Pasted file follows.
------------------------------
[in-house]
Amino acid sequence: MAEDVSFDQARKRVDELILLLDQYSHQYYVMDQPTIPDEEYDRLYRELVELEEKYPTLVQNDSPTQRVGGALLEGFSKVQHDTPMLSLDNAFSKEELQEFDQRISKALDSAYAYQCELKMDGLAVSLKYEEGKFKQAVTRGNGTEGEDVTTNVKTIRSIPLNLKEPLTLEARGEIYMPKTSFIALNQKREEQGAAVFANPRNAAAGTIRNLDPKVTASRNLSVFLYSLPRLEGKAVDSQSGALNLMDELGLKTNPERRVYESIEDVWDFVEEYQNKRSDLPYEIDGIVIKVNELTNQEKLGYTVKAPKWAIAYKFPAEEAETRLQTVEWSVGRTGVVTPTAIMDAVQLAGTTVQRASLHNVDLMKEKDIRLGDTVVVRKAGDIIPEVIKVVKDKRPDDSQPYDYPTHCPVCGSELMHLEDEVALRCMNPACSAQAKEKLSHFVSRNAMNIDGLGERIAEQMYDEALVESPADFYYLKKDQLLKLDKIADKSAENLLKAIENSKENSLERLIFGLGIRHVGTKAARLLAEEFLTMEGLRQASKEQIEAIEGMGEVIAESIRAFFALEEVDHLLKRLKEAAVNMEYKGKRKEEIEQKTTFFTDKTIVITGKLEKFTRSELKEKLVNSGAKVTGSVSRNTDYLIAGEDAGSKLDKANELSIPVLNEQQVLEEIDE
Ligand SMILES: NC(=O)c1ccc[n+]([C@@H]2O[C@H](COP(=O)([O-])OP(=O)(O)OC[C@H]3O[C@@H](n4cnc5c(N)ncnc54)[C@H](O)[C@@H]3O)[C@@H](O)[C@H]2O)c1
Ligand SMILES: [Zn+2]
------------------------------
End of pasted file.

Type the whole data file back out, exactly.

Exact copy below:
[in-house]
Amino acid sequence: MAEDVSFDQARKRVDELILLLDQYSHQYYVMDQPTIPDEEYDRLYRELVELEEKYPTLVQNDSPTQRVGGALLEGFSKVQHDTPMLSLDNAFSKEELQEFDQRISKALDSAYAYQCELKMDGLAVSLKYEEGKFKQAVTRGNGTEGEDVTTNVKTIRSIPLNLKEPLTLEARGEIYMPKTSFIALNQKREEQGAAVFANPRNAAAGTIRNLDPKVTASRNLSVFLYSLPRLEGKAVDSQSGALNLMDELGLKTNPERRVYESIEDVWDFVEEYQNKRSDLPYEIDGIVIKVNELTNQEKLGYTVKAPKWAIAYKFPAEEAETRLQTVEWSVGRTGVVTPTAIMDAVQLAGTTVQRASLHNVDLMKEKDIRLGDTVVVRKAGDIIPEVIKVVKDKRPDDSQPYDYPTHCPVCGSELMHLEDEVALRCMNPACSAQAKEKLSHFVSRNAMNIDGLGERIAEQMYDEALVESPADFYYLKKDQLLKLDKIADKSAENLLKAIENSKENSLERLIFGLGIRHVGTKAARLLAEEFLTMEGLRQASKEQIEAIEGMGEVIAESIRAFFALEEVDHLLKRLKEAAVNMEYKGKRKEEIEQKTTFFTDKTIVITGKLEKFTRSELKEKLVNSGAKVTGSVSRNTDYLIAGEDAGSKLDKANELSIPVLNEQQVLEEIDE
Ligand SMILES: NC(=O)c1ccc[n+]([C@@H]2O[C@H](COP(=O)([O-])OP(=O)(O)OC[C@H]3O[C@@H](n4cnc5c(N)ncnc54)[C@H](O)[C@@H]3O)[C@@H](O)[C@H]2O)c1
Ligand SMILES: [Zn+2]